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THU0620 Persistence with biological disease-modifying antirheumatic drugs – a retrospective database study in japanese patients with rheumatoid arthritis
  1. J Mahlich1,
  2. H Kameda2,
  3. R Sruamsiri1
  1. 1Health Economics, Janssen Pharmaceutical KK, Tokyo, Japan
  2. 2Toho University Ohashi Medical Center, Tokyo, Japan


Background Persistence rate is one of the key benefits of biological disease-modifying antirheumatic drugs (bDMARDs) in the treatment of rheumatoid arthritis (RA). Limited evidence of persistence has been found in Japan and the results are not transferrable across countries and cultures (1–3). In addition, the impact of persistence on healthcare cost is still questionable.

Objectives To assess persistence rates of bDMARDs for the treatment of RA in Japan and compared resource utilization and treatment costs between persistence and non-persistence groups.

Methods Data was extracted from a Japanese claims database that included 4,400,000 patients between 2009 and 2015. RA patients who initiated bDMARD treatment (bDMARD-naïve patients) were identified and included in the final analysis. Survival analysis was used to estimated 6-, 12-, and 18- month persistence rates for current bDMARDs. Propensity score matching was applied to control for potential treatment selection bias. Resource utilization and health care costs of treatments were calculated 12 months before and after initiation of bDMARDs treatment and compared between persistence and non-persistence groups.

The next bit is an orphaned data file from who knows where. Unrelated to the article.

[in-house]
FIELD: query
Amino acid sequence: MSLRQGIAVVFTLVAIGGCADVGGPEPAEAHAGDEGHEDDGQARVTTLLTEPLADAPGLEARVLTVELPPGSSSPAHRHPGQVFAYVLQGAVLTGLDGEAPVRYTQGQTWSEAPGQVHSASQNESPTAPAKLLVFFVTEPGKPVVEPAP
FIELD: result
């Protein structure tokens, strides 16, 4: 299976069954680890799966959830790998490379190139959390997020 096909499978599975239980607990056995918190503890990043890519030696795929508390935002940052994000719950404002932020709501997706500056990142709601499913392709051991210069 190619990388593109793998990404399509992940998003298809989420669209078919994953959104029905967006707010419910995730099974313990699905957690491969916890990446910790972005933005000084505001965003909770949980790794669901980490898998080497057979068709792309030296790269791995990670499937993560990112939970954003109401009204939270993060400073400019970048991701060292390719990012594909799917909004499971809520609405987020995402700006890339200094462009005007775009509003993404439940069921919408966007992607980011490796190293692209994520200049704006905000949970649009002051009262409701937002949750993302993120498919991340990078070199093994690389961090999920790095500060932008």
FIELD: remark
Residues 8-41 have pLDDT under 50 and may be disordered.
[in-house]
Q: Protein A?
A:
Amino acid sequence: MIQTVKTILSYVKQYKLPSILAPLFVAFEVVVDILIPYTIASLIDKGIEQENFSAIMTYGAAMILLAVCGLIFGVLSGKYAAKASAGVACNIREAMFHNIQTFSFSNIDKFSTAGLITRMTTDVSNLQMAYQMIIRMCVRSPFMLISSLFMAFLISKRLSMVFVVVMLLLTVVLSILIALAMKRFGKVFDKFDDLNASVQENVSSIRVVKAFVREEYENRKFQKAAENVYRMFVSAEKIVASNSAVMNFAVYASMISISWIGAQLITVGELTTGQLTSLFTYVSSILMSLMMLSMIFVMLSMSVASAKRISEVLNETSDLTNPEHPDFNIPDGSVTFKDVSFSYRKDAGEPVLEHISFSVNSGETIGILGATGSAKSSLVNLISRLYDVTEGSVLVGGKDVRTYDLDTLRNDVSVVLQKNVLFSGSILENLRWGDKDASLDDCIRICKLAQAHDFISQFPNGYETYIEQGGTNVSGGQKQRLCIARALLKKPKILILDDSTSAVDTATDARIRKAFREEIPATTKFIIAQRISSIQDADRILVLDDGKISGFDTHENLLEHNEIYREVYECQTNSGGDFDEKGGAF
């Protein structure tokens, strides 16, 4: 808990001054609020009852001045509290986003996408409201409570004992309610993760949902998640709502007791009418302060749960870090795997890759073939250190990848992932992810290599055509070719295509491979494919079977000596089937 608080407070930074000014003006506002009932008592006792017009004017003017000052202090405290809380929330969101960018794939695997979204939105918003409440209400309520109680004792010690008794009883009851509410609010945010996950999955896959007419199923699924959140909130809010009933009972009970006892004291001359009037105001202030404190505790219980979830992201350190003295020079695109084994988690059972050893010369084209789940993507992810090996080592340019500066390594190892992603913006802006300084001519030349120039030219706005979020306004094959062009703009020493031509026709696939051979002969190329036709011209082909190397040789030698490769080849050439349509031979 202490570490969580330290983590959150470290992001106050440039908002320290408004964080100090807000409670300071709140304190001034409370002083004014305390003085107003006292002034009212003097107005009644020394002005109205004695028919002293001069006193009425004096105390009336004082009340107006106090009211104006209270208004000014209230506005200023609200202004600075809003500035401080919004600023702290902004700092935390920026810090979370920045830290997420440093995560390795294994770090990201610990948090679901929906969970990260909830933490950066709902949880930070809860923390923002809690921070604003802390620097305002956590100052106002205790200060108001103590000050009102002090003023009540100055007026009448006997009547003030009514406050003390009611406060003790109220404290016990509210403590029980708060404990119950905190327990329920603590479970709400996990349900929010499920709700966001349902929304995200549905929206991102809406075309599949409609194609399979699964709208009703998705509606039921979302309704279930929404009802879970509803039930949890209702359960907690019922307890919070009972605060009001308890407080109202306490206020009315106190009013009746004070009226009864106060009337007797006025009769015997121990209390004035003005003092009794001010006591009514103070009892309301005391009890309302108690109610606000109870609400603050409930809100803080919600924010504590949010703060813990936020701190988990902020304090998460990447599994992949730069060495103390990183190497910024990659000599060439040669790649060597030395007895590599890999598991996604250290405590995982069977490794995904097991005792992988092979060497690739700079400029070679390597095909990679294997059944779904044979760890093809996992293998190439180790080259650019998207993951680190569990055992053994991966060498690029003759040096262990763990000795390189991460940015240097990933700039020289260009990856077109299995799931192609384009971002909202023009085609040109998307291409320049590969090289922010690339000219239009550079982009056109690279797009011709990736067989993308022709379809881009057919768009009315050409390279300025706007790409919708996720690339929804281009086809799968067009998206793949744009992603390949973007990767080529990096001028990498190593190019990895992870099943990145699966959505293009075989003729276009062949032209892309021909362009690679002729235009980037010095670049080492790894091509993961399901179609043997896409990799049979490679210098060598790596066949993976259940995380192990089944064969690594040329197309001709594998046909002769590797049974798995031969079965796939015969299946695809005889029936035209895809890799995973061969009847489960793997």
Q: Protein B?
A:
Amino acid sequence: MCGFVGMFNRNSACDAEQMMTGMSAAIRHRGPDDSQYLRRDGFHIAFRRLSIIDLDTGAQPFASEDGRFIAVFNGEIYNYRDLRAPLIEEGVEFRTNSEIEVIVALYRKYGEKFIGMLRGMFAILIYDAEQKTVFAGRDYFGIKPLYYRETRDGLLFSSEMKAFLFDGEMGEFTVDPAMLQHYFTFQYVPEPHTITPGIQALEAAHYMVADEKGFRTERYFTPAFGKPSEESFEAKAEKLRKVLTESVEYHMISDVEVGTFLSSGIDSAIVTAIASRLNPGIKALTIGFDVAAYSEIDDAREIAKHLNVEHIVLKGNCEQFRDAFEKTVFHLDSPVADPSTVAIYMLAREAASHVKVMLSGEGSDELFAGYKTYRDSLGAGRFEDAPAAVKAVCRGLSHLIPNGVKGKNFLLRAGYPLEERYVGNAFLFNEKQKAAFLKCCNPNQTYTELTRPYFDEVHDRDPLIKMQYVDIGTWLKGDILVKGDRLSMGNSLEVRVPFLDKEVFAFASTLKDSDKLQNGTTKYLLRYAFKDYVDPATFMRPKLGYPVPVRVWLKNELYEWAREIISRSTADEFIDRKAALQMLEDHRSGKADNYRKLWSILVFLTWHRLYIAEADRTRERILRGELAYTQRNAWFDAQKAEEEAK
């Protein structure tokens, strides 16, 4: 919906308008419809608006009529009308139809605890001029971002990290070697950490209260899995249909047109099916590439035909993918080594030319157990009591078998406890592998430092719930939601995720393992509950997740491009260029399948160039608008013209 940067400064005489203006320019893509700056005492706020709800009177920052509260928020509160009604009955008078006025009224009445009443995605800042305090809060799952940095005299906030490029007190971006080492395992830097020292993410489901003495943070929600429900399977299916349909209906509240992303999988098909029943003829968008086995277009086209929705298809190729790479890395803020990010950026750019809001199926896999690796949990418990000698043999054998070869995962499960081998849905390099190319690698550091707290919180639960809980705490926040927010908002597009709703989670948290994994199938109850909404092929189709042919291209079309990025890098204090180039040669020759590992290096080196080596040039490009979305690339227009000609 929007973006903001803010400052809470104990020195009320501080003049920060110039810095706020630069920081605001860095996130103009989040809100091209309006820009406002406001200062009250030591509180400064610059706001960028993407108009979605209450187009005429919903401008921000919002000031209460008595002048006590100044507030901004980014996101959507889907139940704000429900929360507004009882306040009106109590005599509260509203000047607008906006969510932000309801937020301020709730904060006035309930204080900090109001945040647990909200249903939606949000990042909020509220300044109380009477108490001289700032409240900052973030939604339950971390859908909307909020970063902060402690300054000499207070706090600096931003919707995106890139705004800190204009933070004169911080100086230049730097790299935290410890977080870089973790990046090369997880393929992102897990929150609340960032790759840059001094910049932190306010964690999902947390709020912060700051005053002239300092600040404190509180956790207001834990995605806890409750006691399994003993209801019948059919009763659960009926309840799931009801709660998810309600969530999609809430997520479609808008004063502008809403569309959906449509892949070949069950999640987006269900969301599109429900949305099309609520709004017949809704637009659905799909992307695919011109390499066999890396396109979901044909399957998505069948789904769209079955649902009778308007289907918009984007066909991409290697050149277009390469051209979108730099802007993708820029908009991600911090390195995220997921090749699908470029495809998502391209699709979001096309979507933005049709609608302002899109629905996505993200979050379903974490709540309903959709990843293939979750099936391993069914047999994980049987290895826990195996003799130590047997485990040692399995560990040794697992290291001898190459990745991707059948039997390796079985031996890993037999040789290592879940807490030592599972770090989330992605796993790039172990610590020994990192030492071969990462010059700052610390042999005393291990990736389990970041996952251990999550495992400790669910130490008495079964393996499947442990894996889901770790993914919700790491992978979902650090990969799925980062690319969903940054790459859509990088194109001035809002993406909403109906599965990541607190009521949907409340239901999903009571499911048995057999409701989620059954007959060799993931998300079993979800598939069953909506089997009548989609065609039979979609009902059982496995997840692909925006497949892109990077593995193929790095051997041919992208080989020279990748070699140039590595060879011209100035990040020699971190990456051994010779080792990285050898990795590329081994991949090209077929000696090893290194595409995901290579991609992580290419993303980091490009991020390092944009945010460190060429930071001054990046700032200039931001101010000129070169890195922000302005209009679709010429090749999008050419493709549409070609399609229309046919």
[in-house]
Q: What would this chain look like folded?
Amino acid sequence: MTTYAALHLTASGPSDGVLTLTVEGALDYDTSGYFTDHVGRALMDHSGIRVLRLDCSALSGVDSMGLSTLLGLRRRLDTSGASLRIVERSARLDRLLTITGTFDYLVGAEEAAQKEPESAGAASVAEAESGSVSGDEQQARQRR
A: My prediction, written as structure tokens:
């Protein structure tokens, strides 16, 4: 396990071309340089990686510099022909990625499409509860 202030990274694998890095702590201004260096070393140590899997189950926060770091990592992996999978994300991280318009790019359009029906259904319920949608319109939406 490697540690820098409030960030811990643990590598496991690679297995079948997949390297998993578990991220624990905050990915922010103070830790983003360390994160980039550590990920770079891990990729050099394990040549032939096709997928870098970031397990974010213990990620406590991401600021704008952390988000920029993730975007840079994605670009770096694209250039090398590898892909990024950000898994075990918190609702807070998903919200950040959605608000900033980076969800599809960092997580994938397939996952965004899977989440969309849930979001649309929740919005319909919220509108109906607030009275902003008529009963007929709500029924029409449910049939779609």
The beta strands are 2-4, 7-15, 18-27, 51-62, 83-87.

Results A total of 6,153 bDMARD-naïve patients were included in the final analysis. The overall 1-year persistence rate was 85% (95% CI, 84–86). Persistence of patients treated with golimumab was higher [92% (95% CI, 89–94)] than that with other bDMARDs. Overall, 1-year outpatient visits increased from 10 at baseline to 16 after bDMARD treatment, while the number of hospital admissions declined from 3.3 to 1.6. Hospital days decreased from 17 at baseline to 12 following treatment. The non-persistence group had a larger increase in outpatient visits after bDMARD initiation compared with the persistence group (8 to 16 vs. 10 to 16, respectively) and a smaller decrease in hospital admissions (3.1 to 1.9 vs. 3.5 to 1.4, respectively). Compared to non-persistence group, persistence was associated with a reduction in total healthcare costs of 760 USD.

Conclusions Japanese bDMARD-naïve patients with RA have a high persistence rate of bDMARDs. The reduction in medication costs in non-persistent patients is offset by higher hospitalization costs, making non-persistence more expensive.


  1. Dalén J et al. Rheumatol Int 2016;36(7):987–95.

  2. Tang B et al. Clin Ther 2008;30(7):1375–84.

  3. Meissner B et al. J Med Econ 2014;17(4):259–65.


Disclosure of Interest J. Mahlich Employee of: Janssen Pharmaceutical KK, H. Kameda Grant/research support from: Abbvie GK, Astellas Pharma, Chugai Pharmaceutical Co, Ltd., Eisai Co. Ltd., Mitsubishi Tanabe Pharma Co., Nippon Kayaku Co. Ltd., Santen Pharmaceutical Co. Ltd., Takeda Pharmaceutical Co. Ltd, Consultant for: Eli Lilly Japan K.K., Novartis Pharma K.K. and Sanofi K.K., Speakers bureau: AbbVie GK, Astellas Pharma, Bristol– Myers K.K., Chugai Pharmaceutical Co. Ltd., Eisai Co. Ltd., Janssen Pharmaceutical K.K., Mitsubishi Tanabe Pharma Co., Nippon Kayaku Co. Ltd., Pfizer Japan Inc., Santen Pharmaceutical Co. Ltd. and Takeda Pharmaceutical Co. Ltd. and UCB Pharma, R. Sruamsiri Employee of: Janssen Pharmaceutical KK

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